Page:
New MA in Economics Program

The MA Program in Economics at Penn State

Penn State now offers a two-year program designated only for the M.A. degree in economics. The program provides rigorous training in econometrics and quantitative economics as well as in economic theory. It is ideal for those who pursue high level professional careers in industry and government, or further study for the Ph.D. degree.

More details at http://www.econ.psu.edu/masters




 

Jonathan Eaton - Elected as a Fellow of the American Academy of Arts & Sciences

Congratulations to Jonathan Eaton, who has been elected as a Fellow of the American Academy of Arts and Sciences. This is a deserved, but very fine honor. 

April 2017 Newly Elected Members

Vijay Krishna - 2017 Graduate Program Chair Leadership Award

Vijay Krishna, professor of economics in the College of the Liberal Arts, is the 2017 recipient of the Graduate School Alumni Society Graduate Program Chair Leadership Award.

Read the full article here.

Katie Coll - 2017 Filippelli Institute Award for Excellence in Online Teaching

Katherine Coll, Economics Lecturer, has been selected as the recipient of the 2017 Filippelli Institute Award for Excellence in Online Teaching.

 

Information about the award can be found here.

 

Mark McLeod - 2017 Outstanding Teaching Award for Non-Tenure Line Faculty for Liberal Arts

Mark McLeod, Senior Lecturer in Economics, has been selected as the recipient of the 2017 Outstanding Teaching Award for Non-Tenure Line Faculty for Liberal Arts.  This is the second time Mark has won the award. 

Information about the award can be found on this page (http://www.la.psu.edu/awards/teaching-non-tenure).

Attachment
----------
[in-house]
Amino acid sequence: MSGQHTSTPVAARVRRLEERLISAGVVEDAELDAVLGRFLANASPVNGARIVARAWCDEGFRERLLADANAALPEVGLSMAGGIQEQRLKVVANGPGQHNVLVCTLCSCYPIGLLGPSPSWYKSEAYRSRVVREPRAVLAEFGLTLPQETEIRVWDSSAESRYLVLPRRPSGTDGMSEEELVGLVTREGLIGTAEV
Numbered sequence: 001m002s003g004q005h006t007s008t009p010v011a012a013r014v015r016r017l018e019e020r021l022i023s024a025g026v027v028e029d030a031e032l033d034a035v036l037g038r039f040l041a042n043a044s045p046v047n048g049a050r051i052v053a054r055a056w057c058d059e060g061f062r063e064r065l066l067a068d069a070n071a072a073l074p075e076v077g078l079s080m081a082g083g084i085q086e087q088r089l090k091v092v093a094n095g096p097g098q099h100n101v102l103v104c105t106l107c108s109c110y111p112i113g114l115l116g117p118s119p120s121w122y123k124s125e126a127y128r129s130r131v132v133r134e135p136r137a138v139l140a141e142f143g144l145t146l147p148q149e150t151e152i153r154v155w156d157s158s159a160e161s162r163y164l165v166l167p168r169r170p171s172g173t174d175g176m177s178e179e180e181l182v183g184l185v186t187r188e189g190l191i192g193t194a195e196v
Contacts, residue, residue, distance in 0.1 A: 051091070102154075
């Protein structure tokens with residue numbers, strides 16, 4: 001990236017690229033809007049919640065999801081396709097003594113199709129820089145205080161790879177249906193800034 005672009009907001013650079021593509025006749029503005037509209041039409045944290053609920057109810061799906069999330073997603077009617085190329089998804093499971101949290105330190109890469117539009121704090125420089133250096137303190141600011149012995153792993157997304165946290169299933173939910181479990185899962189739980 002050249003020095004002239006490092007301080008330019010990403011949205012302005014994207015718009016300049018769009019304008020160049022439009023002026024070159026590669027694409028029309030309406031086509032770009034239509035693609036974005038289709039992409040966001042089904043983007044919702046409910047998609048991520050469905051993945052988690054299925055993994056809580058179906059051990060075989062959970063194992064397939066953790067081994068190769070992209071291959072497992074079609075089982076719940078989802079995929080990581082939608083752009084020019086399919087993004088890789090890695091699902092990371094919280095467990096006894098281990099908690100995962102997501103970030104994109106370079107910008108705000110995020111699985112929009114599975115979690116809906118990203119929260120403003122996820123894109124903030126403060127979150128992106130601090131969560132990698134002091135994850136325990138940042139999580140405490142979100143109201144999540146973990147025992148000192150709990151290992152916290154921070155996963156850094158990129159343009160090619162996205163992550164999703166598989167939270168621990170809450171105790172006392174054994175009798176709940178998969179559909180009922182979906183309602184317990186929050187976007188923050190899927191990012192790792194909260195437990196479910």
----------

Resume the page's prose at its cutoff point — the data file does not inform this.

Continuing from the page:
The Teaching Economist

For more than a quarter century, The Teaching Economist has presented strategies about teaching and learning from the cognitive sciences. Austin Boyle and William L. Goffe, both of Penn State, tried to uncover the effect of many of these strategies, such as retrieving, spacing, elaborating, generating, and interleaving, on two large macroeconomic principles classes taught by Professor Goffe. These “research-based teaching methods” are too numerous to detail here, but here are some examples of what he tried to do in the course: get nearly all students to read the material before class; connect new ideas with material already covered; interleave topics on five written homework assignments; lead with an example before introducing the abstract idea behind it; ask about five clicker questions per class period that stressed understanding rather than computations; use clicker questions, class discussion, seven quizzes, and the cumulative final exam to space retrieval of key concepts throughout the term; structure PowerPoint slides so that words appear a line at a time and diagrams build in sequence as they are explained; and provide abundant feedback throughout the term, for example, by reviewing the reasoning behind each answer immediately after each quiz. The changes introduced seem ambitious, even exhausting, for an instructor, but he said he enjoyed seeing students learn more effectively. To assess the effect of all these strategies, the Test for Understanding Economics (TUCE) was given at the beginning and end of the semester. The authors argue that because this test was normed in 83 sections of macro principles courses at 53 institutions taught by instructors who volunteered for the norming process, instructors with at least an average interest in teaching, TUCE results should offer a reliable comparison. The 508 students in the course who took the TUCE averaged four more correct answers (out of 30 questions) than the norm and in so doing achieved 0.77 standard deviations more learning in the course. See “Beyond the Flipped Class: The Impact of Research-Based Teaching Methods in a Macroeconomics Principles Class,” (May 29, 2016), available at http://cook.rfe.org/Beyond_Flipped_Boyle_Goffe.pdf.

 

Click here to read the full article.